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Elycia Cook is the president and CEO of Friends First, which empowers teens with tools, knowledge and positive role models to make choices leading to healthy relationships and successful futures. She serves on our board of directors, and recently won a lifetime achievement award from the National Mentoring Partnership in Washington, DC.

How did you learn about SVP Denver?

We were grantees of DA 20-30 and they referred us to SVP Denver for a capacity-building engagement a few years ago. At the time Friends First was researching the viability of, and the ideal customer profile for, our peer-to-peer mentoring program. We also explored merging with another non-profit organization. (Current SVP Denver board chair Merrill Stillwell was the lead on our project and encouraged me to get involved in SVP education events, which I attended regularly for about two years prior to joining the SVP Denver board of directors.

What would you tell your friends and colleagues about SVP Denver?

When you work in the non-profit environment as I do, you often don’t get the opportunity for intentional engagement in the corporate space. SVP brings together non-profits and corporates, allowing me to hear others’ perspectives on business and non-profits. Often we hear that nonprofits should act more like businesses, and I try to say that that for me personally, sometimes businesses could stand to operate with a bit more heart like non-profits. SVP also gives me the opportunity to see that corporates do care, just in a different way.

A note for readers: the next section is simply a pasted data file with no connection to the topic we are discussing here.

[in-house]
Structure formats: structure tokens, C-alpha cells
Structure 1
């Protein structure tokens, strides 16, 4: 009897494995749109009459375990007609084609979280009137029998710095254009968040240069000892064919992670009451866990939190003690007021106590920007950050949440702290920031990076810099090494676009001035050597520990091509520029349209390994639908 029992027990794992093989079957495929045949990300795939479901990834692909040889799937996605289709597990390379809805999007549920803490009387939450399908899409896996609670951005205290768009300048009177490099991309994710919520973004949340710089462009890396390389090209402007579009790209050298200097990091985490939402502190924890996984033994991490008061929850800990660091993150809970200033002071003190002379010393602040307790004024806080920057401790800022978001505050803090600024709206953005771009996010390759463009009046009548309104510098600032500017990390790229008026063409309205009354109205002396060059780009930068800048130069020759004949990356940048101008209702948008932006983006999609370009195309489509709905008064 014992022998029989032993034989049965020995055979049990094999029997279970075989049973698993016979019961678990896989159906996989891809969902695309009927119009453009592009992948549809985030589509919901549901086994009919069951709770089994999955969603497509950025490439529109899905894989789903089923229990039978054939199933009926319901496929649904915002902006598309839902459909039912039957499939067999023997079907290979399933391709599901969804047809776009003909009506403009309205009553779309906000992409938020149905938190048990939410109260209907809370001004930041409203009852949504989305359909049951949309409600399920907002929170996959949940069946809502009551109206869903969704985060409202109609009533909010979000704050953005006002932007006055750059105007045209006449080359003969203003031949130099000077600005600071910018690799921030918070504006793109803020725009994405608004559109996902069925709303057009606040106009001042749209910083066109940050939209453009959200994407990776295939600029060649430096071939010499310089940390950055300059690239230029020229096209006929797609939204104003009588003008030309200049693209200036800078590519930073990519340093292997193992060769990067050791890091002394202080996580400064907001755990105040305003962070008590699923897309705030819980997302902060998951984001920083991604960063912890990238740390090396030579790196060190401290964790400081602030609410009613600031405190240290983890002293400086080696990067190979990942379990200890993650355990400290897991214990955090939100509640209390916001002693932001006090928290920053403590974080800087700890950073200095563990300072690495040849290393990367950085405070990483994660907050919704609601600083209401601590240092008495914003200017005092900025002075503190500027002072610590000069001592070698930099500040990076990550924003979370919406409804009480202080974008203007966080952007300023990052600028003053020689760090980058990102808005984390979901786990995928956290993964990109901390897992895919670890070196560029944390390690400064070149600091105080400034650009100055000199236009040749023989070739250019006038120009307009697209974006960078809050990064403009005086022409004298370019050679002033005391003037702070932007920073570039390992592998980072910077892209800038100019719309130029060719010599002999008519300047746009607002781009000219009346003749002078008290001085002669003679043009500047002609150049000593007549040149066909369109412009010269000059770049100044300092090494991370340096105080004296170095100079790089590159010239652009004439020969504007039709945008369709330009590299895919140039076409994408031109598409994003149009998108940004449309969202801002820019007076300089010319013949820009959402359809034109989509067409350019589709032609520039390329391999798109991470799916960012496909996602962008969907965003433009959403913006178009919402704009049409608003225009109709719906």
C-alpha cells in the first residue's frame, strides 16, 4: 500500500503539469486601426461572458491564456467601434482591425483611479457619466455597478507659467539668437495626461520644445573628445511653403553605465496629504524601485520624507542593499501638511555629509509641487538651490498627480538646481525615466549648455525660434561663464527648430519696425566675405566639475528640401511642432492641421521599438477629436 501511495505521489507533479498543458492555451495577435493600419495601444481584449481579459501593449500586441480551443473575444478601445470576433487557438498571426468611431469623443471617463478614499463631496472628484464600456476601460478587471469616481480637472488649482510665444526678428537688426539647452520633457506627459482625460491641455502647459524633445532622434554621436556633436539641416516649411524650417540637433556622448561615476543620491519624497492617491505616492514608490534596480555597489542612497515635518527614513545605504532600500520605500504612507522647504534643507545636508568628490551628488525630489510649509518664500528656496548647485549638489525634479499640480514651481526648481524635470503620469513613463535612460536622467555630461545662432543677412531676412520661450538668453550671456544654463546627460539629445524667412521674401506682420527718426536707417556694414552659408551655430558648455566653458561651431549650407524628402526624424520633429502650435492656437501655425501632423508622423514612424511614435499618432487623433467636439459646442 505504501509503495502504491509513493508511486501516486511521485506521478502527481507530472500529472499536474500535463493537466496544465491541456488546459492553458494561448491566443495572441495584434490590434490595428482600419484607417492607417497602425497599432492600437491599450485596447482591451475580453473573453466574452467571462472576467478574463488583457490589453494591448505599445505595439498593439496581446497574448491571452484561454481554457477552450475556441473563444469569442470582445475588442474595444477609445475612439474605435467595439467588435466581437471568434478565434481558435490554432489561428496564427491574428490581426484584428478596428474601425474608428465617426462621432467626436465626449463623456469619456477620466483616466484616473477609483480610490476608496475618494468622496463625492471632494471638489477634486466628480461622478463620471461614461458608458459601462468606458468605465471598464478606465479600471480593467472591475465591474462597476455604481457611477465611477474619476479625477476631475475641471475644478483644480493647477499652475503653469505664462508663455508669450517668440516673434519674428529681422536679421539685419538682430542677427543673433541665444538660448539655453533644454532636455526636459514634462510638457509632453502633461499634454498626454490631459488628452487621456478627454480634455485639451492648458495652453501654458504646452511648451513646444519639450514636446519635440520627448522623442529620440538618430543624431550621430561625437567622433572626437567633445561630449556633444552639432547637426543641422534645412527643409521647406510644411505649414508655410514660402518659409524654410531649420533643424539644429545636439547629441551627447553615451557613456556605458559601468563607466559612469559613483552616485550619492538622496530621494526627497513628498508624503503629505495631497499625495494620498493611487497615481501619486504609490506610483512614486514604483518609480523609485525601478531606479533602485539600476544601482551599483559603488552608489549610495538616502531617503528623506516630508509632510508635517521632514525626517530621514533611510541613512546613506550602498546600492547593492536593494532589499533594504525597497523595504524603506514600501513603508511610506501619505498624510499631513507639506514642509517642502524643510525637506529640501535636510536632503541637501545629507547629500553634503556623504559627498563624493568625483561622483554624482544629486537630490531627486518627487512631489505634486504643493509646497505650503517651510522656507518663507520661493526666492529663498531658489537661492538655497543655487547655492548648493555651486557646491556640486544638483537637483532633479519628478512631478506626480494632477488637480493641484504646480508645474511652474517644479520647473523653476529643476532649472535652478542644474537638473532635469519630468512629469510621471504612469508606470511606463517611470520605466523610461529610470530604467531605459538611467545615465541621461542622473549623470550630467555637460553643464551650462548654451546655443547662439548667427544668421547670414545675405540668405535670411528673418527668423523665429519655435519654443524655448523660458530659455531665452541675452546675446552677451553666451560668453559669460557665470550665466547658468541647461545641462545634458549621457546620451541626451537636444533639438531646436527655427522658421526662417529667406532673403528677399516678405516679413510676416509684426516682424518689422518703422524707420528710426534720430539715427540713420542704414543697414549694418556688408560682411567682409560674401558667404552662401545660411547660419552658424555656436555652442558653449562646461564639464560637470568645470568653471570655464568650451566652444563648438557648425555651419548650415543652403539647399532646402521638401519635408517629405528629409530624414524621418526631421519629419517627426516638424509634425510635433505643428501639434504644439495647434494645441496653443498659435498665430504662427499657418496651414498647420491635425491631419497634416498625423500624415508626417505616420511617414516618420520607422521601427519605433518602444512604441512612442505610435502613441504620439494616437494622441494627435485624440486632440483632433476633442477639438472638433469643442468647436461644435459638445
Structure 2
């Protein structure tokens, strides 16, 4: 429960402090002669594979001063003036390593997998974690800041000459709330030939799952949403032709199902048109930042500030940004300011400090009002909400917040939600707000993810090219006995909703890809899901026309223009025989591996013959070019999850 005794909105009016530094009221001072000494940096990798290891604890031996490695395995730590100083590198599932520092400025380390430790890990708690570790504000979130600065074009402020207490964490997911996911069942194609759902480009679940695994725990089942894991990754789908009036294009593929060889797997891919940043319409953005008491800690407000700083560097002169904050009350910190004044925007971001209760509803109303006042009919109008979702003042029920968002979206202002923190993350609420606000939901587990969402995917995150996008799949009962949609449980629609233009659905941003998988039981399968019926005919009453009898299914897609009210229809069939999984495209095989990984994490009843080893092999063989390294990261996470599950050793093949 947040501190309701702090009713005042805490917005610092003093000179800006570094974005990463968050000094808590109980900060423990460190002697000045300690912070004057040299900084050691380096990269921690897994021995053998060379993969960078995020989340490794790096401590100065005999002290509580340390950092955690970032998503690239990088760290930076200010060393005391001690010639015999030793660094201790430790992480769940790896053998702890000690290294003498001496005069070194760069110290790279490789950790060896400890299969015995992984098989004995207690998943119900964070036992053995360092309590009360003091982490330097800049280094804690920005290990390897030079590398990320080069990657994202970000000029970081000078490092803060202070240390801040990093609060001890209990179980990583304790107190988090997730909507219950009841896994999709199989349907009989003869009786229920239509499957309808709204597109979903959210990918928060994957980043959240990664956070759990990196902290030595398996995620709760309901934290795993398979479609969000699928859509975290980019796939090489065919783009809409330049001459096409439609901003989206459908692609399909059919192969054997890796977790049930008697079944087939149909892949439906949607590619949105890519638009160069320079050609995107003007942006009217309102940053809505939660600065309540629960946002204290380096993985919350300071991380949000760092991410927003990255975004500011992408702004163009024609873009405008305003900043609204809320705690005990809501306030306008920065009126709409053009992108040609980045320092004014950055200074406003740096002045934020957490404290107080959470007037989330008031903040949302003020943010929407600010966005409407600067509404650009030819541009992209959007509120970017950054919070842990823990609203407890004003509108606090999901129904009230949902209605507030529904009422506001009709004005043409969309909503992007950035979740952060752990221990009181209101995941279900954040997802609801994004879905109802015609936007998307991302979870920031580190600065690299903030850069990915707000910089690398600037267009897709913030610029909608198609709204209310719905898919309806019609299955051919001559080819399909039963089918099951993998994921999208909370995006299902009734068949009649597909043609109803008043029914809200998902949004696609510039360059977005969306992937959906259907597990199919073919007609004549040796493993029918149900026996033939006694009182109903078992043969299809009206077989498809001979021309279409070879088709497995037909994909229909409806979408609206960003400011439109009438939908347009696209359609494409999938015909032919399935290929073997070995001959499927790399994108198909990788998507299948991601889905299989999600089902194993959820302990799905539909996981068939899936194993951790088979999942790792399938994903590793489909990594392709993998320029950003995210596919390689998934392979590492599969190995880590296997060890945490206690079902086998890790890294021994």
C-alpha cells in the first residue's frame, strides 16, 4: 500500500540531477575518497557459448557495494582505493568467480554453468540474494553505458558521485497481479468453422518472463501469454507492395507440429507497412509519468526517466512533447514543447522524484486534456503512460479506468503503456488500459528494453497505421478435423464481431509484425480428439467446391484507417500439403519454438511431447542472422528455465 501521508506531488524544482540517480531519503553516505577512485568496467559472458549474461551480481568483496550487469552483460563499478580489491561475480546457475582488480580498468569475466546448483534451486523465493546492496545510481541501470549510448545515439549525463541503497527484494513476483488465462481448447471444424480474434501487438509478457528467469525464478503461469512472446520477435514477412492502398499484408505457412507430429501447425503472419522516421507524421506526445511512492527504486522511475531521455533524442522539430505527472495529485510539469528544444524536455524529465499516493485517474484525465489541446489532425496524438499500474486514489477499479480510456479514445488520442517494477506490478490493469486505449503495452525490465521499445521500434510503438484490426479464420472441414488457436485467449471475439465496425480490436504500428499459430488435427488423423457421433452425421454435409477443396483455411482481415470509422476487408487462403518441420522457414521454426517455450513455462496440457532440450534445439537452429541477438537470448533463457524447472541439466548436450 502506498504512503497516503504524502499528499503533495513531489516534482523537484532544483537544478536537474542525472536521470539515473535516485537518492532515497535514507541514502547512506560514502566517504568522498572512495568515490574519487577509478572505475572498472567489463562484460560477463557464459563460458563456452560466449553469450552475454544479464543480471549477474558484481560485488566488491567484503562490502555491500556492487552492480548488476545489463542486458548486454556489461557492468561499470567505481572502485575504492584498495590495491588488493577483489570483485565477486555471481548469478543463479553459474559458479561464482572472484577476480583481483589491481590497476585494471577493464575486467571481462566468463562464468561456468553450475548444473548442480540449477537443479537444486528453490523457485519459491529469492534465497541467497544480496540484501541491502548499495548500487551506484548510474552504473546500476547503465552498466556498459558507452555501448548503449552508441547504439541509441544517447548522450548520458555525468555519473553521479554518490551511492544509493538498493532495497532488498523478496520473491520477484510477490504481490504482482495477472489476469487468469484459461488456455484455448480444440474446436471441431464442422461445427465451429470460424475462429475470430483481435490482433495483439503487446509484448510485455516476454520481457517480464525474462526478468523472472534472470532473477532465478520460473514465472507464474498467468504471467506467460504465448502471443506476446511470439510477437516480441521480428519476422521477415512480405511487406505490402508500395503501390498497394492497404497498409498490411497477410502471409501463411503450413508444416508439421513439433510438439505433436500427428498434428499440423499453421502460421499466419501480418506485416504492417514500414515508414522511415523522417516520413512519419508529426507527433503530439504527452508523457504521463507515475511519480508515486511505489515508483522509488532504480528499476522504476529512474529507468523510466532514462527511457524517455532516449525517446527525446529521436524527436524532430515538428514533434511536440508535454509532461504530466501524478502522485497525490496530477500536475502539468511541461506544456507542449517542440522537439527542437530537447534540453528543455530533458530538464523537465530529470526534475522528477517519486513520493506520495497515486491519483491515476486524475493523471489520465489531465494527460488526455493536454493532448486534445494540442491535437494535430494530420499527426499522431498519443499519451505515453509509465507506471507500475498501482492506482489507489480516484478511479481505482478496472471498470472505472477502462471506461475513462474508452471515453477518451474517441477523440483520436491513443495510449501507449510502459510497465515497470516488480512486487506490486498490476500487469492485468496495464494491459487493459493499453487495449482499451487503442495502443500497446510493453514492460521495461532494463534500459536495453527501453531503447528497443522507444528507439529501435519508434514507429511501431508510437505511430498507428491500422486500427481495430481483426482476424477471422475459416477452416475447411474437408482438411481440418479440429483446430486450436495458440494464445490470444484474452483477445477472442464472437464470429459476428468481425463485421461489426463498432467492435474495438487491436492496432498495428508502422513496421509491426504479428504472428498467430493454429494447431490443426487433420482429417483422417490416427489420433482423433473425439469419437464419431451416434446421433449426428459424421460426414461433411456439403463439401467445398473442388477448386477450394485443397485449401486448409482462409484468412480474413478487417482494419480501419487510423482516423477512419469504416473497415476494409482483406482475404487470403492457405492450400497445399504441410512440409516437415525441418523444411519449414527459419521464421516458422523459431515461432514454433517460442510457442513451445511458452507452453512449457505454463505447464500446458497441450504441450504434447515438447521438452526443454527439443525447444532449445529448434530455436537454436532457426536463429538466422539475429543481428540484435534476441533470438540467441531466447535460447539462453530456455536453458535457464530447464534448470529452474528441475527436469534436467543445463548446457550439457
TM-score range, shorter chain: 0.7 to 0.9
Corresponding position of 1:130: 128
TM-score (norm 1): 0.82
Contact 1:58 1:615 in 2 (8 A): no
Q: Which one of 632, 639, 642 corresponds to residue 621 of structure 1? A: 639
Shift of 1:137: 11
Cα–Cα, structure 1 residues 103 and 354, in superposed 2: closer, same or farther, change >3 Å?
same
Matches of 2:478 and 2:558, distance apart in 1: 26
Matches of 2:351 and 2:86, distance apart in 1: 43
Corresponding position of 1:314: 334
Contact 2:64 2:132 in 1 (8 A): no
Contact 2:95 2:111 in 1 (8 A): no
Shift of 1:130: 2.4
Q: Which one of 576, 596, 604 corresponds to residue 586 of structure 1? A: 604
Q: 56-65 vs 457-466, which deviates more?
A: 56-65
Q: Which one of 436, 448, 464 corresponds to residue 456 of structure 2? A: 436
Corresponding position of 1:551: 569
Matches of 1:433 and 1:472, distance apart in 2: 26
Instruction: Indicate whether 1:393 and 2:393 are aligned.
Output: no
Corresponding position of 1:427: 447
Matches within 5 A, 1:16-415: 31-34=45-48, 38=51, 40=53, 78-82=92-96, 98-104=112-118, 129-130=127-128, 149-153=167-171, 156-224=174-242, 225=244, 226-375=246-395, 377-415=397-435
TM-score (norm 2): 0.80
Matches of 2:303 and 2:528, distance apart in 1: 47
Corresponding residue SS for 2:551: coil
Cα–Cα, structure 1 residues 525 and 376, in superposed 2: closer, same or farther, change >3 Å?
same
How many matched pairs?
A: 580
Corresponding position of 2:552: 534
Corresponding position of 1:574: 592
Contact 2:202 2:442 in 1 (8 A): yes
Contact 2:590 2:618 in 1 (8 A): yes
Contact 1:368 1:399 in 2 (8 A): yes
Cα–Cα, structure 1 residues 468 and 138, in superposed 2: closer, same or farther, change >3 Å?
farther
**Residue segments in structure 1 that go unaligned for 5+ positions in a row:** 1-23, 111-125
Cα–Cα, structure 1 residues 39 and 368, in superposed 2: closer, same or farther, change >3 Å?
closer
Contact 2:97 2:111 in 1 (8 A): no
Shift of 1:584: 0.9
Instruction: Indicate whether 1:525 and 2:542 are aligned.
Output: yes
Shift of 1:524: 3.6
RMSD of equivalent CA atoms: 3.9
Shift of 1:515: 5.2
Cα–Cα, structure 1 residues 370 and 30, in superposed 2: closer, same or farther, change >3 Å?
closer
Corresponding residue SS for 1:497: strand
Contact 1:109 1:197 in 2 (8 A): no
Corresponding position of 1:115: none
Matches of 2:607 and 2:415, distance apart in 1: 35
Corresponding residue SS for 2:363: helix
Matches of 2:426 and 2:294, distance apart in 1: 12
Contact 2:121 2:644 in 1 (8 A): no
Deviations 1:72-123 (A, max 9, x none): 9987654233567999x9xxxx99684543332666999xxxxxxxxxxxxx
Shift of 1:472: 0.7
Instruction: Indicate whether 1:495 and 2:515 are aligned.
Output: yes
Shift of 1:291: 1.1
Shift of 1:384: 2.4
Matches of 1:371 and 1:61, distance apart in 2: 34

Tell us about serving on the SVP Denver board of directors.

At first I had a hard time finding my place and my space there, but I’ve learned that my opinion matters and I have a lot to offer coming from the non-profit mindset. It has been great to learn the expertise of, as well as the diversity of interests and talents on, the board. I’m always learning fascinating things, especially about impact investing, from Mark Newhouse and others.

What’s a fun fact about yourself?

I was an exchange student for a year in Japan and it completely changed the trajectory of my life. Being raised by a single mom in one of the toughest parts of Detroit, she really pushed me to take advantage of the experience. I didn’t speak a word of Japanese, and was paired with a family living in the deep countryside in a home with a temple and a rice paddy … and an outhouse! I went back for another six years as a young professional, then returned later in life with my husband and two children who were one and four years old at the time. All together I lived there for about eight or nine years over those three different periods of my life.